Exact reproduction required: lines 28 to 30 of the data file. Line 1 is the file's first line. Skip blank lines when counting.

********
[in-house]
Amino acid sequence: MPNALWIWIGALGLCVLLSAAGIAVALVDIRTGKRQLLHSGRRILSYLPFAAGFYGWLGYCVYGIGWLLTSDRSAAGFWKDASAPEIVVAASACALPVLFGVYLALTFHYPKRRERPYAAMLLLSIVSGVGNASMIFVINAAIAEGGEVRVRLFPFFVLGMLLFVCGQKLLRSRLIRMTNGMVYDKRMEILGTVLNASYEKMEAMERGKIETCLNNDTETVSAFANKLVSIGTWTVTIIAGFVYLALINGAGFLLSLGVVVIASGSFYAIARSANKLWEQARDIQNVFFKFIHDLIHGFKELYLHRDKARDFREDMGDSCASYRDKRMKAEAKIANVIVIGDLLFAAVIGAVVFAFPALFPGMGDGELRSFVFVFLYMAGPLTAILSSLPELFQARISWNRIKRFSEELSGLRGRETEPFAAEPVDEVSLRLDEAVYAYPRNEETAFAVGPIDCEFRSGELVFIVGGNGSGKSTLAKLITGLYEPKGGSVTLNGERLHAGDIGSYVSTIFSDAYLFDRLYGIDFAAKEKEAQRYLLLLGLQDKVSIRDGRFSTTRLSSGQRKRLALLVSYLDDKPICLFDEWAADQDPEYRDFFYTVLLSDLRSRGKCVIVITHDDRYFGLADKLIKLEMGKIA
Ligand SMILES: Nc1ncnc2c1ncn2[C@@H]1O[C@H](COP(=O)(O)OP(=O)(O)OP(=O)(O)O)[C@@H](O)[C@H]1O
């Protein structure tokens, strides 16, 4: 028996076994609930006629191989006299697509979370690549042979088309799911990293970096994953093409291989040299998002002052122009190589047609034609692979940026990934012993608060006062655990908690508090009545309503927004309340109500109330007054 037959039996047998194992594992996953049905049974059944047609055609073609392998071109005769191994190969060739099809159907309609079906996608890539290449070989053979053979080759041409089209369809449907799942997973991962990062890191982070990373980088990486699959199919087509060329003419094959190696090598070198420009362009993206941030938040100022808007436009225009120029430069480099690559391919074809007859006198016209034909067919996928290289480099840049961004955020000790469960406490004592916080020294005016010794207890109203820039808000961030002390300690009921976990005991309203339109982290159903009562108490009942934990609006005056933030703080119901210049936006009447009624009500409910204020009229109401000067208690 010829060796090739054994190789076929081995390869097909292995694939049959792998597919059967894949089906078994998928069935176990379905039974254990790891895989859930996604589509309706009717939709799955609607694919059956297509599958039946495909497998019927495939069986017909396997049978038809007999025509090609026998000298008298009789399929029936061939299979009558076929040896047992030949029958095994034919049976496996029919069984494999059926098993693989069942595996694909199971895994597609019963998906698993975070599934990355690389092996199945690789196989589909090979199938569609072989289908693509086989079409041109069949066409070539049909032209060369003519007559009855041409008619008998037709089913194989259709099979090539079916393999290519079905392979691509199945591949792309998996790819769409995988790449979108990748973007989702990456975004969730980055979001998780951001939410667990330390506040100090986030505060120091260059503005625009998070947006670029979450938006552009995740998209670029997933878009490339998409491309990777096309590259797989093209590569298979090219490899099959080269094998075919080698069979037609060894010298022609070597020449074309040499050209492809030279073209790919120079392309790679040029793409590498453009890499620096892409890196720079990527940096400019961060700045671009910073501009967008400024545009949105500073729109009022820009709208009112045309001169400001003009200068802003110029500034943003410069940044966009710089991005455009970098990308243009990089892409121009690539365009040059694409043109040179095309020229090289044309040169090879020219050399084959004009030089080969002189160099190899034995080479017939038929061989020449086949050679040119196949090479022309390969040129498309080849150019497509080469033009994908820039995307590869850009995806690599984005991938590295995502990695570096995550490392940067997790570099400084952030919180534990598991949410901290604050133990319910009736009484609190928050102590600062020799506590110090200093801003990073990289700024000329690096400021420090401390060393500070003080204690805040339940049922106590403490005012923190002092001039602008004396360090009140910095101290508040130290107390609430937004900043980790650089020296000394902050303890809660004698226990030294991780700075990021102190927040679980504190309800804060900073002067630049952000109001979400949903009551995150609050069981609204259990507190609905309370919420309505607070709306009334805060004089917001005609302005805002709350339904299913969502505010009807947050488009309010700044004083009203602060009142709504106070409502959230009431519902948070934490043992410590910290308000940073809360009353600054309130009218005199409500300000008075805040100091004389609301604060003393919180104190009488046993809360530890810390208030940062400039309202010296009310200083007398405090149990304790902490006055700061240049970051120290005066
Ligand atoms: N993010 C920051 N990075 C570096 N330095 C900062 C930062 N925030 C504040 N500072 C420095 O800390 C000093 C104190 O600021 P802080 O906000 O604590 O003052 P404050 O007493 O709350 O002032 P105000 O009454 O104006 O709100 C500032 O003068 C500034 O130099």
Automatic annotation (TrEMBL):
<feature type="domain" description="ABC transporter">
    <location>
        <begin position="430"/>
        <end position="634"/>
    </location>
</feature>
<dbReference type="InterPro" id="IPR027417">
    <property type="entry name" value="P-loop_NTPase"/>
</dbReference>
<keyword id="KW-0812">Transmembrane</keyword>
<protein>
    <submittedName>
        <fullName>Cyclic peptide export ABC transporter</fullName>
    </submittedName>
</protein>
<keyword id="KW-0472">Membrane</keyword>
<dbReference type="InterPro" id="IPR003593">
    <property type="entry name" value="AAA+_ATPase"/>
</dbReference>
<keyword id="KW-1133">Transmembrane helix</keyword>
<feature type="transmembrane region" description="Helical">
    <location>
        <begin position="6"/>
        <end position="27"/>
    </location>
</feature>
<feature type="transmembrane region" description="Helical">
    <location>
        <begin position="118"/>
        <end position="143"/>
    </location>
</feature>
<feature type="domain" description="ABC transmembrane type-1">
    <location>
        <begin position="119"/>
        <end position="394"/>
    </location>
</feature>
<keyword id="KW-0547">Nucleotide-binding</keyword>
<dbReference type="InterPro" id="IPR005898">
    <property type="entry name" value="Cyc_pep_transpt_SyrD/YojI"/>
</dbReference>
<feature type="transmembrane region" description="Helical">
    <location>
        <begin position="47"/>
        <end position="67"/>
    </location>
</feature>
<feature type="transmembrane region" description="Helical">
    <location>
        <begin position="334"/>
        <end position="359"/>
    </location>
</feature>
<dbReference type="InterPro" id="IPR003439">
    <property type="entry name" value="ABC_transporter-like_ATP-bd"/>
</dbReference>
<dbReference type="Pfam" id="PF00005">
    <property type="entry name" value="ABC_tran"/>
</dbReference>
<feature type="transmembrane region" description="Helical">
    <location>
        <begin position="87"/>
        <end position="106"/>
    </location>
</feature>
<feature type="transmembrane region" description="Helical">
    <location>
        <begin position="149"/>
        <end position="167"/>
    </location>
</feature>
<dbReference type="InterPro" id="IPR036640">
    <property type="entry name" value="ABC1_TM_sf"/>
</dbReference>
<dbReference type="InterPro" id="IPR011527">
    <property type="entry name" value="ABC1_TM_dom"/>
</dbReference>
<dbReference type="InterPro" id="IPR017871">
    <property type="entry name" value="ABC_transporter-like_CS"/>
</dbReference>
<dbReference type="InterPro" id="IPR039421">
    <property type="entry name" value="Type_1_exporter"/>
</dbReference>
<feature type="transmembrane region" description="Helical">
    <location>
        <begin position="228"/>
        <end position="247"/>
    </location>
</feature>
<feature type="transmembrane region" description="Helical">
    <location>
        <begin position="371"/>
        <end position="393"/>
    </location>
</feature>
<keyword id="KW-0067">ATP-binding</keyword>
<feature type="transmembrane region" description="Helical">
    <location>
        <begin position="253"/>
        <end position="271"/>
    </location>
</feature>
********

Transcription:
    <location>
        <begin position="6"/>
        <end position="27"/>